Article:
During Hurricane Matthew in 2016, sections of state Route A1A in Flagler Beach, Fla., – a key highway and hurricane evacuation route – collapsed. The Florida Department of Transportation (FDOT) recently installed a 5,000-foot-long GFRP-reinforced concrete seawall to protect the state highway from future storm surges.

GFRP beat out traditional steel rebar based on life-cycle cost analysis for the rebuilding project because of its extreme durability. The seawall along Flagler Beach is expected to last 100 years or more with little to no maintenance.

“The biggest thing with steel-reinforced marine structures is that once chlorides get into the concrete and the reinforcing, you get rust, degraded concrete and even pieces falling off,” says Lowry Denty, P.E. of Mott MacDonald Florida, LLC, the engineer of record for the project. “It’s a lot of repairs.” In contrast, the GFRP-reinforced seawall “should never have any maintenance issues until it reaches its design life,” he says.

The seawall contains 1,847 piles with GFRP rebar and rebar cages supplied by Pultrall Inc., an FDOT-approved fiberglass reinforcement manufacturer in Thetford Mines, Quebec, Canada. The company’s V-Rod rebar, made from high-strength glass fibers and vinyl ester resin, is pultruded, cured and then sand coated to increase concrete bonding capacity. Each V-Rod batch utilized on the seawall project was third-party tested at the University of Miami, which partners with FDOT on GFRP projects.

The Flagler Beach seawall is an auger-cast secant-pile wall system. The 36-foot-long, 3-foot-diameter piles were drilled with a steel tube encased hollow auger. Cement grout was then pumped in through the auger as it was withdrawn from the tube, and GFRP reinforcement was installed. To create the secant pile wall, 924 load-bearing primary piles that were heavily reinforced with conical GFRP cages were alternated and overlapped with 923 non-structural secondary piles reinforced with a single GFRP bar. After the piles were completed, a 4-foot-wide GFRP-reinforced concrete cap was cast on top, and the entire structure was covered with a sand dune.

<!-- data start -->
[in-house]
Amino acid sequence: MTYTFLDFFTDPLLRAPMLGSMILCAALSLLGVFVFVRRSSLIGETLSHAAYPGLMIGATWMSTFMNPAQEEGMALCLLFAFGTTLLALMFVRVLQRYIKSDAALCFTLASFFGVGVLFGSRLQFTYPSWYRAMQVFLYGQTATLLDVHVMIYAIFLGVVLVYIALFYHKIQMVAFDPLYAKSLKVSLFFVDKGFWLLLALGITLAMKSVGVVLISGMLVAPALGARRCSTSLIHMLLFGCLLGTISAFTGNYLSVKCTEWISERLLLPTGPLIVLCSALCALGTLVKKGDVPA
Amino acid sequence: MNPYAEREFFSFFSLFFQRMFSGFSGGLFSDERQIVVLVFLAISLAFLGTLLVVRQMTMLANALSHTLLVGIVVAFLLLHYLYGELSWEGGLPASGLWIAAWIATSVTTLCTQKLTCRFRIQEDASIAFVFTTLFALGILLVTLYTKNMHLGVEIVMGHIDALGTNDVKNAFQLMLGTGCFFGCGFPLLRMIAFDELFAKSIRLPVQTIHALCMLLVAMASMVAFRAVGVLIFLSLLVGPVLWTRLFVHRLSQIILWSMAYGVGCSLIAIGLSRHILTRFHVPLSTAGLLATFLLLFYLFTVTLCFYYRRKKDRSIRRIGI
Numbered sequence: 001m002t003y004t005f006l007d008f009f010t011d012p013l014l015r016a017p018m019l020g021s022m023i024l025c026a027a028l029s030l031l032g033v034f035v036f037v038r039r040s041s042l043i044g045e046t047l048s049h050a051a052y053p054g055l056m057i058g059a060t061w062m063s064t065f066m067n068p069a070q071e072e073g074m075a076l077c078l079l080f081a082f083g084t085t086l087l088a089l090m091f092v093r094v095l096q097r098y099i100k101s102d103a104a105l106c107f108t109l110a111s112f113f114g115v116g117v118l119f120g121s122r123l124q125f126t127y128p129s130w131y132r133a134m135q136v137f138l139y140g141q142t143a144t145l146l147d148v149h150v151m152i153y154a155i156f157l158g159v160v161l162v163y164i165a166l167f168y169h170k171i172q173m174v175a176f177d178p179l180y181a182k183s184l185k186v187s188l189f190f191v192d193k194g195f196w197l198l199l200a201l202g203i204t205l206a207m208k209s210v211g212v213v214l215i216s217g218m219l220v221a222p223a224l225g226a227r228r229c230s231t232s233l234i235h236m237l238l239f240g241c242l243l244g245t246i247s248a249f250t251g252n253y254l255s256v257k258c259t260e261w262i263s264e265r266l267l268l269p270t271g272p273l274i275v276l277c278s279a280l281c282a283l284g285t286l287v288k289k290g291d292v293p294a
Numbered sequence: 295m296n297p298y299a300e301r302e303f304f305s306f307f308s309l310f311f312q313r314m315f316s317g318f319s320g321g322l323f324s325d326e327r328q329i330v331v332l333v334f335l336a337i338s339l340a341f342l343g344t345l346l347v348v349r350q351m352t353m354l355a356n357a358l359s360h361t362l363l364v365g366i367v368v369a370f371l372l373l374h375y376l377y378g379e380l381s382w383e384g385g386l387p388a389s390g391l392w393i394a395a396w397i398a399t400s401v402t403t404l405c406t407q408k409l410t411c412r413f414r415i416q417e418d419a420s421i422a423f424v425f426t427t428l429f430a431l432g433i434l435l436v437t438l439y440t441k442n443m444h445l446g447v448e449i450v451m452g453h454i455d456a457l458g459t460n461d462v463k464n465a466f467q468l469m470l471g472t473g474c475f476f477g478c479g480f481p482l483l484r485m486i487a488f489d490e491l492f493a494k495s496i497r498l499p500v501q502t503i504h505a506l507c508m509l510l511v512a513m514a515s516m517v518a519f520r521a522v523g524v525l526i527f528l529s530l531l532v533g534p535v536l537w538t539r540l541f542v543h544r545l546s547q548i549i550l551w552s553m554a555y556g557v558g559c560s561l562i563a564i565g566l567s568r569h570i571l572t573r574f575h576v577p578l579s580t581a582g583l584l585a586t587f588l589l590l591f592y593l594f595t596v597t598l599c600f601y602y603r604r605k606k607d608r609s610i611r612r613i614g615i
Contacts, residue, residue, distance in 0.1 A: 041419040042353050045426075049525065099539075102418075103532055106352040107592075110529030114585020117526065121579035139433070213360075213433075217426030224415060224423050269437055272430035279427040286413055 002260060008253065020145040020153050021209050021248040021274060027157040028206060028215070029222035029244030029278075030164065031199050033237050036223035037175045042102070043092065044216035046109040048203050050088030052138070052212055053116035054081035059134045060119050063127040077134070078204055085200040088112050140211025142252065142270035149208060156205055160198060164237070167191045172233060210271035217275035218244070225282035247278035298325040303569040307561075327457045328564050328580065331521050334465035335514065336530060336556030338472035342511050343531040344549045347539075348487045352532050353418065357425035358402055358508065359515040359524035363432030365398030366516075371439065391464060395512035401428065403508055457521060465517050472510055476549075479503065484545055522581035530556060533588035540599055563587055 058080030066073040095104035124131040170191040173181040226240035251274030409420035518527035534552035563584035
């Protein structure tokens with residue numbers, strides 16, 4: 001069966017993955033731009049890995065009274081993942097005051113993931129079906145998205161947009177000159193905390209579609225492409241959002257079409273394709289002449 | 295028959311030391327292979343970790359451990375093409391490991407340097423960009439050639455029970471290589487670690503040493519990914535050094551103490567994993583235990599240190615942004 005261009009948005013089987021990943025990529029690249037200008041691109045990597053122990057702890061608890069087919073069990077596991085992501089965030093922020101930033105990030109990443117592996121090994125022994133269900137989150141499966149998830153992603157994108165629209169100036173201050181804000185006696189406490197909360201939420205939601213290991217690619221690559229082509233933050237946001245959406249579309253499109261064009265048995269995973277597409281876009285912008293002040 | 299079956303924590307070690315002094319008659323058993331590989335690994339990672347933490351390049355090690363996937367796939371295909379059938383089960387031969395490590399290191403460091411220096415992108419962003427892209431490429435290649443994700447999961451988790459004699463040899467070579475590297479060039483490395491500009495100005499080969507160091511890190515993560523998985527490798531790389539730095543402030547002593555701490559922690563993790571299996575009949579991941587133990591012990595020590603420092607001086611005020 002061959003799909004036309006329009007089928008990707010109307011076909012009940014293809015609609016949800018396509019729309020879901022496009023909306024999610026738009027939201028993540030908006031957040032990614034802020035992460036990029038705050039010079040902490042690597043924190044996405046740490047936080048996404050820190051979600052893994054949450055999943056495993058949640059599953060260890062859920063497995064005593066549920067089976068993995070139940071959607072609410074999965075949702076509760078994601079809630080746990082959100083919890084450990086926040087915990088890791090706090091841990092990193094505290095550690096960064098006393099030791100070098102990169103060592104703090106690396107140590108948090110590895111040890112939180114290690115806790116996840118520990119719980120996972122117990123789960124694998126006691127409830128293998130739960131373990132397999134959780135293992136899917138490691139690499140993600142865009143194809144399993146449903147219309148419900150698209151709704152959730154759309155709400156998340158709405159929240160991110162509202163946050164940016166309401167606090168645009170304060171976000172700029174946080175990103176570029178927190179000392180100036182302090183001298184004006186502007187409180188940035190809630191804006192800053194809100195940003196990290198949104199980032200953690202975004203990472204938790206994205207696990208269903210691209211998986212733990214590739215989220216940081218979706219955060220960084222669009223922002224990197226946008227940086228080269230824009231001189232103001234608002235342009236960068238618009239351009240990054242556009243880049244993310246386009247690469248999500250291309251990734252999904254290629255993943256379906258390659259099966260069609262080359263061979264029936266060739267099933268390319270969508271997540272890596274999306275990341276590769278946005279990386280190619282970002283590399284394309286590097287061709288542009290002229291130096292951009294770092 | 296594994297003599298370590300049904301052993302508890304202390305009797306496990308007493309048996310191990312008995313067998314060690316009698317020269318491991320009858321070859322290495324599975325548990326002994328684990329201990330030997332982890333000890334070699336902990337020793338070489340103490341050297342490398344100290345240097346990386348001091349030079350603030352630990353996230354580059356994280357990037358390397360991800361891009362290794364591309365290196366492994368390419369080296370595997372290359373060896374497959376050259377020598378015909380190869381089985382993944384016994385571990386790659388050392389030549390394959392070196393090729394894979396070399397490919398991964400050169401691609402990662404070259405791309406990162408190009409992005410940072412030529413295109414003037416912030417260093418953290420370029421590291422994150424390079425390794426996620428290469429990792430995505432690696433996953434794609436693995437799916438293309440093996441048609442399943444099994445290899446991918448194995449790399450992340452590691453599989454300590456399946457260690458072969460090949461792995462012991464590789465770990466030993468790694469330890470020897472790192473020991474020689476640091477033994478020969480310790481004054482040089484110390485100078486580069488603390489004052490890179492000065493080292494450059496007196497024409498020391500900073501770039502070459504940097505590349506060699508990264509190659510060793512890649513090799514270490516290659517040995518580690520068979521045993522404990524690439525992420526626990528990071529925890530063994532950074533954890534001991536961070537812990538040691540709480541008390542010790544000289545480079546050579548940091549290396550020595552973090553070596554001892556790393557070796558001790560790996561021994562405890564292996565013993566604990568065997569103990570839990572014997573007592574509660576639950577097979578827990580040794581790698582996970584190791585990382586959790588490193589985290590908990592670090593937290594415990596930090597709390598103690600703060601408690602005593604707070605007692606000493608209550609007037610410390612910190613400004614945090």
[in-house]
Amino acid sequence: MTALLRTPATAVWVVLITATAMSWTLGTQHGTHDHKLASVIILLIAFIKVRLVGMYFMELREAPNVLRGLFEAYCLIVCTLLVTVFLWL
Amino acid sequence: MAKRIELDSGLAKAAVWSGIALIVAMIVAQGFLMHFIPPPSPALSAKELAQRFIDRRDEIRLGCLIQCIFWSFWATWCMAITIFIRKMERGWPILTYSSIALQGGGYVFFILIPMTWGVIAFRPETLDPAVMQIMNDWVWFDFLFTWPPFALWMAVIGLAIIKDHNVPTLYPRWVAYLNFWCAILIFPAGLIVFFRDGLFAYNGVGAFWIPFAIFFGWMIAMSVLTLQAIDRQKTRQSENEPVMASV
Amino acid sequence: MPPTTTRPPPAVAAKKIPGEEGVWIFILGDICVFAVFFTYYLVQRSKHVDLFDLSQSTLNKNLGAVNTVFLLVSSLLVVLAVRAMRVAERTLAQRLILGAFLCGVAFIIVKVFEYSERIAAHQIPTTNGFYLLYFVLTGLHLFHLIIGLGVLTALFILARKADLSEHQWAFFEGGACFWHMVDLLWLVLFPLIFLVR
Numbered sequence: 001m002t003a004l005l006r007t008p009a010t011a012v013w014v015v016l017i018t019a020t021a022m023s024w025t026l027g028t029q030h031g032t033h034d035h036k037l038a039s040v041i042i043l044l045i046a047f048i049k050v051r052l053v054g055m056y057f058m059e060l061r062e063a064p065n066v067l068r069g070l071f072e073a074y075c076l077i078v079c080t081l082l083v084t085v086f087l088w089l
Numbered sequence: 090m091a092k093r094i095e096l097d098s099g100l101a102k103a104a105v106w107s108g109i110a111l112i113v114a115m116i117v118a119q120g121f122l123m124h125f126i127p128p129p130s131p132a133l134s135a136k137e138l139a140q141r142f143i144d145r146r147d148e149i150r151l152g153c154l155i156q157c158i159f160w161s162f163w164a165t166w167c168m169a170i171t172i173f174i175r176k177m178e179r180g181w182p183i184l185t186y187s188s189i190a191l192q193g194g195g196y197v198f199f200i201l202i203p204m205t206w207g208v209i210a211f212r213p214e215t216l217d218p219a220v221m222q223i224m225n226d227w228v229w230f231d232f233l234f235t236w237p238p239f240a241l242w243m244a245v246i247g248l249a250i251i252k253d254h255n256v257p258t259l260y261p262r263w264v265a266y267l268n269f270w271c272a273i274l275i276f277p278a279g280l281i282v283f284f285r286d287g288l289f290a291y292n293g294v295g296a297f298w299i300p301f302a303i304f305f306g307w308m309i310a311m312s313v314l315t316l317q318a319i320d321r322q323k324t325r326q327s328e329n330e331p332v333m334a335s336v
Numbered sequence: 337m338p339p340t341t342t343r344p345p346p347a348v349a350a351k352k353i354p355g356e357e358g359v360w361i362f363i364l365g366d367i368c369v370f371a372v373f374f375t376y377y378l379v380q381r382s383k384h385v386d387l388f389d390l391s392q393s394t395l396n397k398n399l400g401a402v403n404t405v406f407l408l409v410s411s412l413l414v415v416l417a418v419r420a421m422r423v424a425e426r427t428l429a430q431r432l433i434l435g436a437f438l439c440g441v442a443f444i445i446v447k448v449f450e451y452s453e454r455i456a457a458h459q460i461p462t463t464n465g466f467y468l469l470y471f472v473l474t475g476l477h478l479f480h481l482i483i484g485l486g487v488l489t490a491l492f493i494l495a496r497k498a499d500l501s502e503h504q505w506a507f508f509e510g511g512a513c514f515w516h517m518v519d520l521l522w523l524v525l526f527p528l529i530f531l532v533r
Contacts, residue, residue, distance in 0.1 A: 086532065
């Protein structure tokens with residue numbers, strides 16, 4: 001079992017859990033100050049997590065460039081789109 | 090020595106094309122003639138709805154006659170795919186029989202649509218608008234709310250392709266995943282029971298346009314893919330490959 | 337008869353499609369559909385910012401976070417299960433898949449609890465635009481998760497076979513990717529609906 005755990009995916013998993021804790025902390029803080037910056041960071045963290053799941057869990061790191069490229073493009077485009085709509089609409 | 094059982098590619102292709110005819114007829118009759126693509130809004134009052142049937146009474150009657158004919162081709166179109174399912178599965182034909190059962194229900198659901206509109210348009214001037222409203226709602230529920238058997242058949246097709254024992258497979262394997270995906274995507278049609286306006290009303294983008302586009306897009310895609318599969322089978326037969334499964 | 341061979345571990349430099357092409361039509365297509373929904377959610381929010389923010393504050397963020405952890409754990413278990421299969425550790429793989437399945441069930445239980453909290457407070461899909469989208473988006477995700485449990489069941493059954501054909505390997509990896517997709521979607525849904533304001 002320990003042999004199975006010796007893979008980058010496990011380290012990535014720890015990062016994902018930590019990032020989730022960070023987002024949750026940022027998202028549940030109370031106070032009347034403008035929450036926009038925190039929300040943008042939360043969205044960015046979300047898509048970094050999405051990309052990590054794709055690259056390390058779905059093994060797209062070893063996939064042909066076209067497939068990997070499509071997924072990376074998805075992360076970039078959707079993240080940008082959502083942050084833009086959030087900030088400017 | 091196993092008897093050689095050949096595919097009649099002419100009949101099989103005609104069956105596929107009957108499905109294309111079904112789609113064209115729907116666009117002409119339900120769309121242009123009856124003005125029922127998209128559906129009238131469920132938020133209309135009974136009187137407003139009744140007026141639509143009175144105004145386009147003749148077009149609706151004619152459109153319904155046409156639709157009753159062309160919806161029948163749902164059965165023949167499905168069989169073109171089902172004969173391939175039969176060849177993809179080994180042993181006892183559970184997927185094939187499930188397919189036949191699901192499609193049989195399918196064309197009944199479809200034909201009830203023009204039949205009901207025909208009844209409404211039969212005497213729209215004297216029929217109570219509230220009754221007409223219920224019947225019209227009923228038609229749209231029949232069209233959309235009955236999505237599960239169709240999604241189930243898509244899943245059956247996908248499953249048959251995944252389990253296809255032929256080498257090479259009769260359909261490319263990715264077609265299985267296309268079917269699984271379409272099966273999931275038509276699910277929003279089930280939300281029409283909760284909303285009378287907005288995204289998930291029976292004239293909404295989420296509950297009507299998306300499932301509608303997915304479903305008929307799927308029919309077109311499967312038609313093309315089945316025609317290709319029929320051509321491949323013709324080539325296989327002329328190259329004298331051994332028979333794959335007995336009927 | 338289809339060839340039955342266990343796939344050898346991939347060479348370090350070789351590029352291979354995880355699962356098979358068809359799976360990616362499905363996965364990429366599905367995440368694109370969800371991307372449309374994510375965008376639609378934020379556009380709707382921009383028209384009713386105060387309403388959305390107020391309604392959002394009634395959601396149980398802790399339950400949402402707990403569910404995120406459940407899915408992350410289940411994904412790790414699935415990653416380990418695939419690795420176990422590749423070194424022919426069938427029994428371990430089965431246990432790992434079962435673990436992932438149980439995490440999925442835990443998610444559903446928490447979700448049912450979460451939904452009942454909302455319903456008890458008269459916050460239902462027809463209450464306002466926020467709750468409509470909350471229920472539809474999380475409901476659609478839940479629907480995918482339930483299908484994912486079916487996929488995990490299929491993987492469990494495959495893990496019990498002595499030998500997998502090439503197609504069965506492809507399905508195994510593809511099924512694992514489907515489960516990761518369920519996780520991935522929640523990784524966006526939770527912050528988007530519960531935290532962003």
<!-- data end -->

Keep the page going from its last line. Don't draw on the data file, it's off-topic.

Roxanne Fortier, sales coordinator for Pultrall, says contractors on the Flagler Beach project, who had not worked with GFRP before, needed reassurance. “Getting the contractor to have confidence in us and in the quality of the product was quite hard to do in the beginning,” she explains. The foremost concern was production time. V-Rod is made to order at Pultrall’s facility with two to four weeks’ lead time.

This especially affected the primary pile cages, which were assembled by tying 25 straight V-Rod bars together at one end with a special pile-toe assembly, spreading the bars into a cone shape and then securing them with outside spiral hoops.  Pultrall delivered enough pre-cut and preformed V-Rod for 104 cages a week for nine weeks, including 300,000 linear feet of No. 5 spiral GFRP rebar. (Rebar numbers represent a unit of 1/8-inch, so No. 5 rebar has a 5/8-inch diameter.) Fortier says that once the contractor adjusted to the process, it appreciated the convenience of receiving ready-to-assemble components.